HIS boss has made it clear to gifted youngster Davis Keillor-Dunn that it will take hard graft to ensure last Saturday’s memorable debut leads to sustained first team involvement.
The Sunderland-born left winger, a development squad title-winner with County last season, lit up Victoria Park on his home debut and first competitive start against Partick Thistle.
Displaying deft touches, energy, intelligent movement and a dangerous cross, Keillor-Dunn had the home crowd off their seats on more than a few occasions during his man-of-the-match performance.
There is no doubting the 19-year-old’s natural ability and promise or the confidence coursing through the youngster’s veins. In an interview after the Partick Thistle draw Keillor-Dunn was bold enough to mention Scotland under-21 ambitions.
None of that should be taken as a sign of arrogance though – the likeable lad’s self-belief and light humour was infectious and like a breath of fresh air.
What McIntyre shed light on this week was just how much hard work has already gone towards honing Keillor-Dunn’s undoubted talent for the harsh demands of top-flight football.
The County manager said: “If I’m honest he was proving a bit of a quandary to us halfway through last season. You could see the outstanding ability but he wasn’t playing his position very well.
“However I’ve got to say coach Stuart Kettlewell has done fantastically well in encouraging him to play the team position rather than running all over the park just because he is a good player. The discipline side of his game has certainly come together over the past six months.
“Going into the SPFL level he shows he has belief in his own ability, but it is important that he just continues to learn and keeps listening. If he can do that he’ll be very effective.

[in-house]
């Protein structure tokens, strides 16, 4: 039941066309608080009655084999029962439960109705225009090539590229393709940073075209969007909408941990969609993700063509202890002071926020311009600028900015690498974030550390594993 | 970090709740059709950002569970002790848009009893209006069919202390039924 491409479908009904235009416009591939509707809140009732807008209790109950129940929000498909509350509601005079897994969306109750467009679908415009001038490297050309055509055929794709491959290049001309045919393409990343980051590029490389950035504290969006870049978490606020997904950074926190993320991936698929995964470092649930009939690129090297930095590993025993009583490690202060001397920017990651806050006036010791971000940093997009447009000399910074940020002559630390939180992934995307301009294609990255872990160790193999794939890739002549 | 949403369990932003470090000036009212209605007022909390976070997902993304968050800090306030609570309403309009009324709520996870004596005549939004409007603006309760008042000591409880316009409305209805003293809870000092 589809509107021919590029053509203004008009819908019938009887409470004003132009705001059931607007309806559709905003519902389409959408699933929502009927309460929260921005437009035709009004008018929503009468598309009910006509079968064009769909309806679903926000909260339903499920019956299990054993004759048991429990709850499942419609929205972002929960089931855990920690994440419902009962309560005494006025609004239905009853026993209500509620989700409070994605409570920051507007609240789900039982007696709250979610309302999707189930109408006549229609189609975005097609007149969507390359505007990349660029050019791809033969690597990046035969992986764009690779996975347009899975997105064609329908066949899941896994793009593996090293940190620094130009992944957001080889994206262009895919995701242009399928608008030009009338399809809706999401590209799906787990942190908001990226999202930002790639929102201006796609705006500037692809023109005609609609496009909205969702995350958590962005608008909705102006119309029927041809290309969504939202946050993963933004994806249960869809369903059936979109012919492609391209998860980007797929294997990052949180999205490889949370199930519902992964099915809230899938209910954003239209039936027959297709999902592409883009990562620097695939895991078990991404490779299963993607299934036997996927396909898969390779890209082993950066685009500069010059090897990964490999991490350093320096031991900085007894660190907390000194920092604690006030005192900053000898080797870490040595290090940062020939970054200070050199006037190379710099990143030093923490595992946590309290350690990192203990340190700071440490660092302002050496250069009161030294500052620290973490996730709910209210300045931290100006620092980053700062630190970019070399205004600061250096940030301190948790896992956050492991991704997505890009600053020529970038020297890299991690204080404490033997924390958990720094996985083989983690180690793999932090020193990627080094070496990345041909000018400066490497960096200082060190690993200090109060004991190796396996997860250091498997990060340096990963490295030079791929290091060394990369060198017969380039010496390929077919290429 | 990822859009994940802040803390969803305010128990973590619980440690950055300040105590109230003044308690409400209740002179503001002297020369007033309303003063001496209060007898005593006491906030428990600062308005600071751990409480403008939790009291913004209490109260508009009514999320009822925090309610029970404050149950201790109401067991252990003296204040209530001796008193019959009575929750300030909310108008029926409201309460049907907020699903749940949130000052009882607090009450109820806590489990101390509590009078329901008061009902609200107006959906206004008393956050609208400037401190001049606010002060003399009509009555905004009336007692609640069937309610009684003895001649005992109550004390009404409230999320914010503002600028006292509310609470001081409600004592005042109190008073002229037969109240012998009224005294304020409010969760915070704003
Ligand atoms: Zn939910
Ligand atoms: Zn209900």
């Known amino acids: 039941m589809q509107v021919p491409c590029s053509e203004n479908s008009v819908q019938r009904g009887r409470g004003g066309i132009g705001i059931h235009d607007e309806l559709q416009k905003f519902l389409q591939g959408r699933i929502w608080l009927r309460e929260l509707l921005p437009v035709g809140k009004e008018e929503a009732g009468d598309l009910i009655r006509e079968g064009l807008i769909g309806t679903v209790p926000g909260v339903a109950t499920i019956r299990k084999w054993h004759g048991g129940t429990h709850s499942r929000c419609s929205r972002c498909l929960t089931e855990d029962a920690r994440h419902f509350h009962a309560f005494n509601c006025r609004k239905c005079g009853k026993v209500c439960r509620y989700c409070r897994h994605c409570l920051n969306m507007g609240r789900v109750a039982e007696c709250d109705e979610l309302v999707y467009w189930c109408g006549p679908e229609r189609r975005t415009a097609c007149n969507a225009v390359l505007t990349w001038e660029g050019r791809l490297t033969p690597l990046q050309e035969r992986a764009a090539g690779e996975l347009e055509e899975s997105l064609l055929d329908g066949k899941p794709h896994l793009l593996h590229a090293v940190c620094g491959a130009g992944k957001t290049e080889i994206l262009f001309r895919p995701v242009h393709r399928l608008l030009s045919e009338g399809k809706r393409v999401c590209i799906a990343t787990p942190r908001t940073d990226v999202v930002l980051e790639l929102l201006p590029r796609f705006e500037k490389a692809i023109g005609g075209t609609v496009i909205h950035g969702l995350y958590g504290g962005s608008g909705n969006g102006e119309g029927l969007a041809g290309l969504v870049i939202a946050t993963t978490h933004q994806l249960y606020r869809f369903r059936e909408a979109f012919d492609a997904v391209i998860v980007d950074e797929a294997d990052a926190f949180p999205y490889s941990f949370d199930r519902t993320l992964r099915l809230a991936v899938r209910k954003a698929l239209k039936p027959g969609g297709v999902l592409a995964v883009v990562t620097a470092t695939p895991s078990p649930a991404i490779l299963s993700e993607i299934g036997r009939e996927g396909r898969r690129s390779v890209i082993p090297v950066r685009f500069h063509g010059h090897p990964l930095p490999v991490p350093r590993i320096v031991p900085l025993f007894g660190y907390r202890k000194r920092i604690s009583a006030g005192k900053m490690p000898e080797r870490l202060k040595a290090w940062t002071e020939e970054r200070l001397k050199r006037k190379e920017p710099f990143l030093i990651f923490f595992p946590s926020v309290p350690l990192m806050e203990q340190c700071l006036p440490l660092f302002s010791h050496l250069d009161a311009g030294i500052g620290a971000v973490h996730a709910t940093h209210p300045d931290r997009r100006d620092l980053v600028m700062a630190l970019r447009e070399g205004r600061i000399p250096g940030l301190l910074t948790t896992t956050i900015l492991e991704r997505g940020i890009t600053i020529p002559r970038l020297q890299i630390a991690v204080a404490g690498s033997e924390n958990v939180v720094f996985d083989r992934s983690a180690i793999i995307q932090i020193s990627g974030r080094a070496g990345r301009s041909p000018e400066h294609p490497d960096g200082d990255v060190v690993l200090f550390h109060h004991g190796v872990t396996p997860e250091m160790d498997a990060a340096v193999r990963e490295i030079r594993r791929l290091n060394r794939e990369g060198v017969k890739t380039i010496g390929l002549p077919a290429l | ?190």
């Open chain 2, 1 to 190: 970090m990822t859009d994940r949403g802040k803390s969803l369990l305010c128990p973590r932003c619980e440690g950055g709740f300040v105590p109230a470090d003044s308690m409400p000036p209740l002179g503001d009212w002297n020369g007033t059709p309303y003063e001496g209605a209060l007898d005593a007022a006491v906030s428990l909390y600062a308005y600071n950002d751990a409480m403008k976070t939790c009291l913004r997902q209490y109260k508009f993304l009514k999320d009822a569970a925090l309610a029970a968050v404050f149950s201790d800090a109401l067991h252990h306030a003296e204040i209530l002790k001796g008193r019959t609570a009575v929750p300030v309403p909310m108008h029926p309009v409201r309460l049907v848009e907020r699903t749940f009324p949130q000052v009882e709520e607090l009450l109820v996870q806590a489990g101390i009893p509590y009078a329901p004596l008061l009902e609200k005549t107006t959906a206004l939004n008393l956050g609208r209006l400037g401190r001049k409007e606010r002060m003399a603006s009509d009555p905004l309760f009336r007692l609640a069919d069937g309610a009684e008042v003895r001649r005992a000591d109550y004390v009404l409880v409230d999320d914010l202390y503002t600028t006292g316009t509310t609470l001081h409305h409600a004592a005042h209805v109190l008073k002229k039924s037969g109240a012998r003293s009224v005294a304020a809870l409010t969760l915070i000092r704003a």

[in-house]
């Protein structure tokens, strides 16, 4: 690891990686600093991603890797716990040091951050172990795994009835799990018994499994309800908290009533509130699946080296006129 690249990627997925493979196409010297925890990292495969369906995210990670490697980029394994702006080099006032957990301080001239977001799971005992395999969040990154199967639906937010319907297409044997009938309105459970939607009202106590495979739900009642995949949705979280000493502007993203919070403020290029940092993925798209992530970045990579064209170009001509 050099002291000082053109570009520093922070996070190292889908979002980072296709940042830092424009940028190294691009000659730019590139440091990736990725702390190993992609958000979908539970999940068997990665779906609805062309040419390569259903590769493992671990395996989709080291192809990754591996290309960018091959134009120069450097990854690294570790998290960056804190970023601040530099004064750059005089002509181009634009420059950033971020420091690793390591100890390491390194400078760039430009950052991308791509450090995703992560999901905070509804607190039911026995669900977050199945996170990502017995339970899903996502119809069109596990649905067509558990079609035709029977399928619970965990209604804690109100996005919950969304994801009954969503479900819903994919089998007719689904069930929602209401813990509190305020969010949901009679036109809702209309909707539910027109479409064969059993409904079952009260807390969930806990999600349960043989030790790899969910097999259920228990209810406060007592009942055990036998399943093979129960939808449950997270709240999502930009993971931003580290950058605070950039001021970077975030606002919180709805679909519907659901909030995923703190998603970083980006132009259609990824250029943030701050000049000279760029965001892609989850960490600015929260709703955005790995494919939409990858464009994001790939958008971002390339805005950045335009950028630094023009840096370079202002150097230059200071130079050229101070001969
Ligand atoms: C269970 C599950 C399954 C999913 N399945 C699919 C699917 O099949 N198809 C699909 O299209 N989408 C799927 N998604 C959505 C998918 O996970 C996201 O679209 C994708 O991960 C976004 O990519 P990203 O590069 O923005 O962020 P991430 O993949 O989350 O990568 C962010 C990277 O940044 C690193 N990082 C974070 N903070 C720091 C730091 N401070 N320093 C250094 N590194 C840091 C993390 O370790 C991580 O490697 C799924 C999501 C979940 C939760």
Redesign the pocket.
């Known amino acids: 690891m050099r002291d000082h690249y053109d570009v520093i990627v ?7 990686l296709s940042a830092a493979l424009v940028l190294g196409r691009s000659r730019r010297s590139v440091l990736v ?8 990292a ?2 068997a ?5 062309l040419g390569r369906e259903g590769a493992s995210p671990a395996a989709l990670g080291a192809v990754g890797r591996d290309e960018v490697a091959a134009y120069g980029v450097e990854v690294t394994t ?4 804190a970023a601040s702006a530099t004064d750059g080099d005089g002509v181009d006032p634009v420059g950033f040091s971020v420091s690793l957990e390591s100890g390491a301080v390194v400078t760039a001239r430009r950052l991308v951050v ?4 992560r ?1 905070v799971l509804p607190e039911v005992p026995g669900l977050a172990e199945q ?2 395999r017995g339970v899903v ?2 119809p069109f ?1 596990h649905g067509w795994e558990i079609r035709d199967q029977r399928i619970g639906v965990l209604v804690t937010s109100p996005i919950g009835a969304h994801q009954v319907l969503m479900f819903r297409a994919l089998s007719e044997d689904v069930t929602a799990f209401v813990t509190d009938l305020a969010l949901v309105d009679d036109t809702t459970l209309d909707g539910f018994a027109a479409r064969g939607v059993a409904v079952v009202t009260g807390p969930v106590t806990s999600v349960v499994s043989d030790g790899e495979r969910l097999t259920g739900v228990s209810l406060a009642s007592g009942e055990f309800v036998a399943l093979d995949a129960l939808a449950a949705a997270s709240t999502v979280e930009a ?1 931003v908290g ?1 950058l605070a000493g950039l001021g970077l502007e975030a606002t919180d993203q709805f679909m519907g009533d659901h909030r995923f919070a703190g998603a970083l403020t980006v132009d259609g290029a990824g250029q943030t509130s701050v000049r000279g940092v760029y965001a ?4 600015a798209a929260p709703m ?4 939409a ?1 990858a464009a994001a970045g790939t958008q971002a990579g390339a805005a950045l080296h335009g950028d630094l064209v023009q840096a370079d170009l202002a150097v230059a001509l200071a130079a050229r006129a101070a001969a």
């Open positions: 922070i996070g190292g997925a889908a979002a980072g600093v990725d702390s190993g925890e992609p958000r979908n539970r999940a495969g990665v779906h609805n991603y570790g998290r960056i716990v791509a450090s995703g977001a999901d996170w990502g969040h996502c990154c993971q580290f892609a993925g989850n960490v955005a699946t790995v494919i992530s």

“He has a confidence in his own ability and I think everybody has to have a certain degree of arrogance as a player, as long as that is channelled in the right way.”
McIntyre expressed gratitude for the way the County support remained patient and roared on the team right through to Alex Schalk’s late, but deserved, equaliser from the penalty spot on Saturday.
Often supporters show greater patience and restraint when younger players are involved and perhaps Keillor-Dunn’s endeavours altered the mood of a sometimes overly critical home crowd.
Certainly it rated as one of the best first bows this observer can recall in 20 years of covering County matches – particularly from a younger performer.
He revealed his grandfather, Marshall Keillor, was a Scot originally from Dundee, making him eligible to play for his adopted nation at some time in the future.
Keillor-Dunn said: “The only target for me is first-team football at this club and, hopefully, as my grandad is Scottish, to play for the Scotland under-21s.
“My grandad went from Dundee to Sunderland for work. He’d love to see me play for Scotland.
“It would be a massive achievement and I’d love to do it sometime in the future.”
The apparent lack of nerves in his performance was no act, Keillor-Dunn said.
“Every time I get the ball I look to do something – set up a goal or try to get one for myself.
“So there’s a bit of natural confidence there, but the experiences of last season help as well. Winning the development league was brilliant.
“We had a great group of lads who did so well, getting great results and achieving something never heard of.
“Goals and assists for me are massive. I just want to get points on the board and get Ross County up the table.”